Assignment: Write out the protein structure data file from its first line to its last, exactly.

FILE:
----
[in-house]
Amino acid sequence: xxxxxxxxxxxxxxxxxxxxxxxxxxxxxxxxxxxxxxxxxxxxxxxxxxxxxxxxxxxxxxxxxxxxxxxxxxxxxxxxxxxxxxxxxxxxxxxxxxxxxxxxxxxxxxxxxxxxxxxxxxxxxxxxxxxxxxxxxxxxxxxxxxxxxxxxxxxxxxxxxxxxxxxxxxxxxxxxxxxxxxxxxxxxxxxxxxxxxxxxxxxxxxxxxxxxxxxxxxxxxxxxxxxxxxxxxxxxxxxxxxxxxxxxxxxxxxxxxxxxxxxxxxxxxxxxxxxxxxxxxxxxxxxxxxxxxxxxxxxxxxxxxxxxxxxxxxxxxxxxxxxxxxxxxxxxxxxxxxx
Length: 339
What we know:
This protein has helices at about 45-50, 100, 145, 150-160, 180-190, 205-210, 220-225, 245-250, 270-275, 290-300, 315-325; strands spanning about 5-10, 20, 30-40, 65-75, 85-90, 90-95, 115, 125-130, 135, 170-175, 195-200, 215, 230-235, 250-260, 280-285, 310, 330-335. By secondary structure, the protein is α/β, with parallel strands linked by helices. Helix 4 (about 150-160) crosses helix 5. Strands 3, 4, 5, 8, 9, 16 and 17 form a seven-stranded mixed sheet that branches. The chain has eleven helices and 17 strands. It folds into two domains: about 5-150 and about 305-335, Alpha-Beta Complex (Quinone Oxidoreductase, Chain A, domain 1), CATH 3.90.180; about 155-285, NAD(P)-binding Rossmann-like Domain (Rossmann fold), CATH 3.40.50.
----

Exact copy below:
[in-house]
Amino acid sequence: xxxxxxxxxxxxxxxxxxxxxxxxxxxxxxxxxxxxxxxxxxxxxxxxxxxxxxxxxxxxxxxxxxxxxxxxxxxxxxxxxxxxxxxxxxxxxxxxxxxxxxxxxxxxxxxxxxxxxxxxxxxxxxxxxxxxxxxxxxxxxxxxxxxxxxxxxxxxxxxxxxxxxxxxxxxxxxxxxxxxxxxxxxxxxxxxxxxxxxxxxxxxxxxxxxxxxxxxxxxxxxxxxxxxxxxxxxxxxxxxxxxxxxxxxxxxxxxxxxxxxxxxxxxxxxxxxxxxxxxxxxxxxxxxxxxxxxxxxxxxxxxxxxxxxxxxxxxxxxxxxxxxxxxxxxxxxxxxxxx
Length: 339
What we know:
This protein has helices at about 45-50, 100, 145, 150-160, 180-190, 205-210, 220-225, 245-250, 270-275, 290-300, 315-325; strands spanning about 5-10, 20, 30-40, 65-75, 85-90, 90-95, 115, 125-130, 135, 170-175, 195-200, 215, 230-235, 250-260, 280-285, 310, 330-335. By secondary structure, the protein is α/β, with parallel strands linked by helices. Helix 4 (about 150-160) crosses helix 5. Strands 3, 4, 5, 8, 9, 16 and 17 form a seven-stranded mixed sheet that branches. The chain has eleven helices and 17 strands. It folds into two domains: about 5-150 and about 305-335, Alpha-Beta Complex (Quinone Oxidoreductase, Chain A, domain 1), CATH 3.90.180; about 155-285, NAD(P)-binding Rossmann-like Domain (Rossmann fold), CATH 3.40.50.